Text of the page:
Given his reputation and mandate, the new prime minister will be watched closely not only at home but across the globe for the first steps he would take. They need not be transformational but should suggest fresh thinking and a keenness to act. That he is mindful of the million eyes watching him and his future position on the high table of world leaders was clear when he invited all neighbours , including arch rival Pakistan, to see him taking oath as prime minister.


The advisor says on becoming chief minister Modi was quick to listen, learn and apply his mind to the various aspects of administration and governance. The first thing he did was picking up a fresh report of the state finance commission on reforming the administrative set-up and various departments and implementing the recommendations aggressively.

To be sure, he will face resistance from powerful quarters. According to the advisor, Modi's reforms, including revising tariffs, in the power sector created a lot of resistance, especially from the powerful Patel community. "He fought them off and implemented the reforms,'' he says. The Jyotigram yojana which created two power delivery networks -one for farms and the other for homes-has since been touted as one of the solutions for the country's power woes.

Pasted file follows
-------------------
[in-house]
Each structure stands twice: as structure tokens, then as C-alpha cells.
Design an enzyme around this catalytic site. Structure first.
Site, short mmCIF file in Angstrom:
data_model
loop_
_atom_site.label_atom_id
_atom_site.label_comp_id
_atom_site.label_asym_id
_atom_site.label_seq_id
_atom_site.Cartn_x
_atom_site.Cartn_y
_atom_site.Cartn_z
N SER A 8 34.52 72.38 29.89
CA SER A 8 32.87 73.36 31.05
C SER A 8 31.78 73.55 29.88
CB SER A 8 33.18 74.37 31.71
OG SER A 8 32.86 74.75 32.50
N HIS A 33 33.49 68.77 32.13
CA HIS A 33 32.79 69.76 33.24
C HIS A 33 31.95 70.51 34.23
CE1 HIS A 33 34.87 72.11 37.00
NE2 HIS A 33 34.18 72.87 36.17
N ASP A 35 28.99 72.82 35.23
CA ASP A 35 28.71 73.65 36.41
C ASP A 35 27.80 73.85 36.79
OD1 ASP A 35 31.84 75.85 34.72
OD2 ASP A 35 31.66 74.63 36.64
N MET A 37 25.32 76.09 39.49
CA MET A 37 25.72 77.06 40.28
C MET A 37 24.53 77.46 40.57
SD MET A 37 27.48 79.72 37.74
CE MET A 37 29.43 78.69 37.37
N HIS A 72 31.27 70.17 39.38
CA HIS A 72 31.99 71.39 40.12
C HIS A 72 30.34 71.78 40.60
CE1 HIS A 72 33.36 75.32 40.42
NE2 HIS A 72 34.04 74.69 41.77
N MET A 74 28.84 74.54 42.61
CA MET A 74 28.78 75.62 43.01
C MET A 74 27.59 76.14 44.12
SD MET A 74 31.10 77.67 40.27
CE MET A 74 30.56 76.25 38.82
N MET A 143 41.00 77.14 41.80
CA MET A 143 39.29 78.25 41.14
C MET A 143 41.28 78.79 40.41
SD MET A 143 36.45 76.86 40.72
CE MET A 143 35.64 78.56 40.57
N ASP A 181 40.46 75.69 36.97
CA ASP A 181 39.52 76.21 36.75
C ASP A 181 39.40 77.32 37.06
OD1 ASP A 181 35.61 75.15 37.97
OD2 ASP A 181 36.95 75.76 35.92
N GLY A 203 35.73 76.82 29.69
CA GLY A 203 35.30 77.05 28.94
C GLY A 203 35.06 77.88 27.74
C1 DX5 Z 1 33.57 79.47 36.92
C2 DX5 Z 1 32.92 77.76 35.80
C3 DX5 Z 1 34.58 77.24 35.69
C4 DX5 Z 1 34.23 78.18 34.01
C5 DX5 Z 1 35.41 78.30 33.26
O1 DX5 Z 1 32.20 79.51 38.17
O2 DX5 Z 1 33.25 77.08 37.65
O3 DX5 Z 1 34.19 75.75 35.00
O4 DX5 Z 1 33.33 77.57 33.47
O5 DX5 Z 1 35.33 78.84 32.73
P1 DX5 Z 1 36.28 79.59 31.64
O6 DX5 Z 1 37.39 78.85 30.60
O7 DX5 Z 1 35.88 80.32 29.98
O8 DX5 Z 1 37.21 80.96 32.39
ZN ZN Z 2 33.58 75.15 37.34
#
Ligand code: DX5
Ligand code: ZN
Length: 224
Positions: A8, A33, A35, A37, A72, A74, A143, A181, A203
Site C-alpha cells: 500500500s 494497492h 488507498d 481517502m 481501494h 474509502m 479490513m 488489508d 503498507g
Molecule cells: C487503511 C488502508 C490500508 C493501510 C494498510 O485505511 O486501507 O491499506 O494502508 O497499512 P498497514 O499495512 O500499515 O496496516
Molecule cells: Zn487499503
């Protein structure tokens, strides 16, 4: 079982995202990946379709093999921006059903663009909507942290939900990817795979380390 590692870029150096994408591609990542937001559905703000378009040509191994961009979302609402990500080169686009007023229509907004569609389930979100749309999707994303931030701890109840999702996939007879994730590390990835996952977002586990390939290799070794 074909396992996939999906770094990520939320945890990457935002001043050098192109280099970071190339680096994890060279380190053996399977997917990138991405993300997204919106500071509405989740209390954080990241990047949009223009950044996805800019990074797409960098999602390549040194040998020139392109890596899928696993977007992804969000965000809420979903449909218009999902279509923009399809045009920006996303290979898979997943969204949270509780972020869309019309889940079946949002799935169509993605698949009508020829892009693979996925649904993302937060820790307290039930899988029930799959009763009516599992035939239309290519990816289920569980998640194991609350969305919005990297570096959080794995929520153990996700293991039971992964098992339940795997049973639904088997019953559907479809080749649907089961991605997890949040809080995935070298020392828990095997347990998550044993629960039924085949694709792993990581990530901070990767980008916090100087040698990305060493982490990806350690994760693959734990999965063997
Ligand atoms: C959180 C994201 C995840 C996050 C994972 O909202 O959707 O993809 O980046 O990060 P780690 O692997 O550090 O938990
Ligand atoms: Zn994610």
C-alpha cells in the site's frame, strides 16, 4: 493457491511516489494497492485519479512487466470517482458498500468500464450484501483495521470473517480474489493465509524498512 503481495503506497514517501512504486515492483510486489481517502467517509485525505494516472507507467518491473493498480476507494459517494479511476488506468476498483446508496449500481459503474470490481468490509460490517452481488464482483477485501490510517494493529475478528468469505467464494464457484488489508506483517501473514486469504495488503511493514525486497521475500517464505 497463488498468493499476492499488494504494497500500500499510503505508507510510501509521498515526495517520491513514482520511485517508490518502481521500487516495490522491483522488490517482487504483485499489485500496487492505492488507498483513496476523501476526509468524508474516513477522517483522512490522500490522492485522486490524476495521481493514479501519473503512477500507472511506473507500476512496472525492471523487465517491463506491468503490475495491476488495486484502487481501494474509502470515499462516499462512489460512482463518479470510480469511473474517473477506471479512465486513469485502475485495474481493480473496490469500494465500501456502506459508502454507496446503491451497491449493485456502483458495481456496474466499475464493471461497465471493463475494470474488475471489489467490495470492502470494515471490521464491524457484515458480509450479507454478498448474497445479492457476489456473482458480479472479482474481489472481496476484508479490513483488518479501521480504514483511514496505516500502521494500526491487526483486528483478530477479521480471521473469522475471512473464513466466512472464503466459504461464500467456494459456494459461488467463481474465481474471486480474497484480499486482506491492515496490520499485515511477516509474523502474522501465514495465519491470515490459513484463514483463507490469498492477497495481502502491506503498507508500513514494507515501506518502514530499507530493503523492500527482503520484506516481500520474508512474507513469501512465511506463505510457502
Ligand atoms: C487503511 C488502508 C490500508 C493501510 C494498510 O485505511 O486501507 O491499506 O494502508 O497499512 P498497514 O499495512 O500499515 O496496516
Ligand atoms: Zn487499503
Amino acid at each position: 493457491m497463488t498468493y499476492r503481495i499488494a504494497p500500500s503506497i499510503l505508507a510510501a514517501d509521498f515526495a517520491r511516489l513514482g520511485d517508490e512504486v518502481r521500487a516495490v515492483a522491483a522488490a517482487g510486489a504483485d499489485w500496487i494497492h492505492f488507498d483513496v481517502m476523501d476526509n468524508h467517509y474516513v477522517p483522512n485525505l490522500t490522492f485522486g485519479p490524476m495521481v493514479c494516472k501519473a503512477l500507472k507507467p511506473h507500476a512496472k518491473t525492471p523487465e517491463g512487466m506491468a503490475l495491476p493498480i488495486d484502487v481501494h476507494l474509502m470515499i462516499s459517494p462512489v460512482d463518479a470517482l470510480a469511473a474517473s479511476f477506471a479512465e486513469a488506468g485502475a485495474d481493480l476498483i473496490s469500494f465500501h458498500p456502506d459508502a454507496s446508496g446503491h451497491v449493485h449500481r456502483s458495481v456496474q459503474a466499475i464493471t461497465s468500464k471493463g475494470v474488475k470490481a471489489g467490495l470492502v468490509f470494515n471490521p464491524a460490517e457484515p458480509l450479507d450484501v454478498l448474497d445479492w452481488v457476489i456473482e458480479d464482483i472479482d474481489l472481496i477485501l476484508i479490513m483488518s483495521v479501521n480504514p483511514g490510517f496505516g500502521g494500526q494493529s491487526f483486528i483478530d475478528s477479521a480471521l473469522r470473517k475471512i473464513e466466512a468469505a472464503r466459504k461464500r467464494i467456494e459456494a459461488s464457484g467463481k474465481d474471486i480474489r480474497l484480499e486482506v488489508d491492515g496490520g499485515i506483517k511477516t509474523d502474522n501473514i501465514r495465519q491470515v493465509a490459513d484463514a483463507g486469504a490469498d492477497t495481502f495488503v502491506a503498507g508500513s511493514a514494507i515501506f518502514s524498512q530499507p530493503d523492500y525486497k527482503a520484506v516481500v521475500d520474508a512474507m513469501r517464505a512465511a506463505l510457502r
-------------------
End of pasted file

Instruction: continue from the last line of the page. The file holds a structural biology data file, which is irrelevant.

The new prime minister has many reports to pick up from at the centre as well. Among the scores of reports there is the Administrative Reforms Commission report that is gathering dust. So is a Planning Commission report that suggested ways to improve efficiency of government spending ; one of the key recommendations was doing away with the restrictive distinction of plan and non-plan expenditure. Then there are the comprehensive suggestions of the Financial Sector Legislative Reforms Commission which, if implemented, would untangle the byzantine legal structure that holds together the country's financial architecture.
Modi has incessantly been harping on "minimum government and maximum governance'', a catchy euphemism for reclaiming the cliche-cutting red tape.

As chief minister, Modi ran an administration that empowered bureaucrats and technocrats, allowing them to ignore patronage politics but holding them to performance targets and public accountability. One of the informal ways Modi kept track of departmental performance was by scanning newspapers. While he avoided speaking to the media, he kept a close eye on what they were writing. He set up a team to scour newspapers and magazines and prepare notes on the issues raised by them, especially those related to government services, according to a former member of the team. 

These were sent out to the departments with instructions to respond quickly. What started off as media monitoring eventually evolved into a feedback and response mechanism. A person, who worked on Modi's campaign in Varanasi, says that the volunteer network built through Mission272+ , an online platform for BJP volunteers for the elections, could be redeployed as a nationwide feedback-and-response mechanism.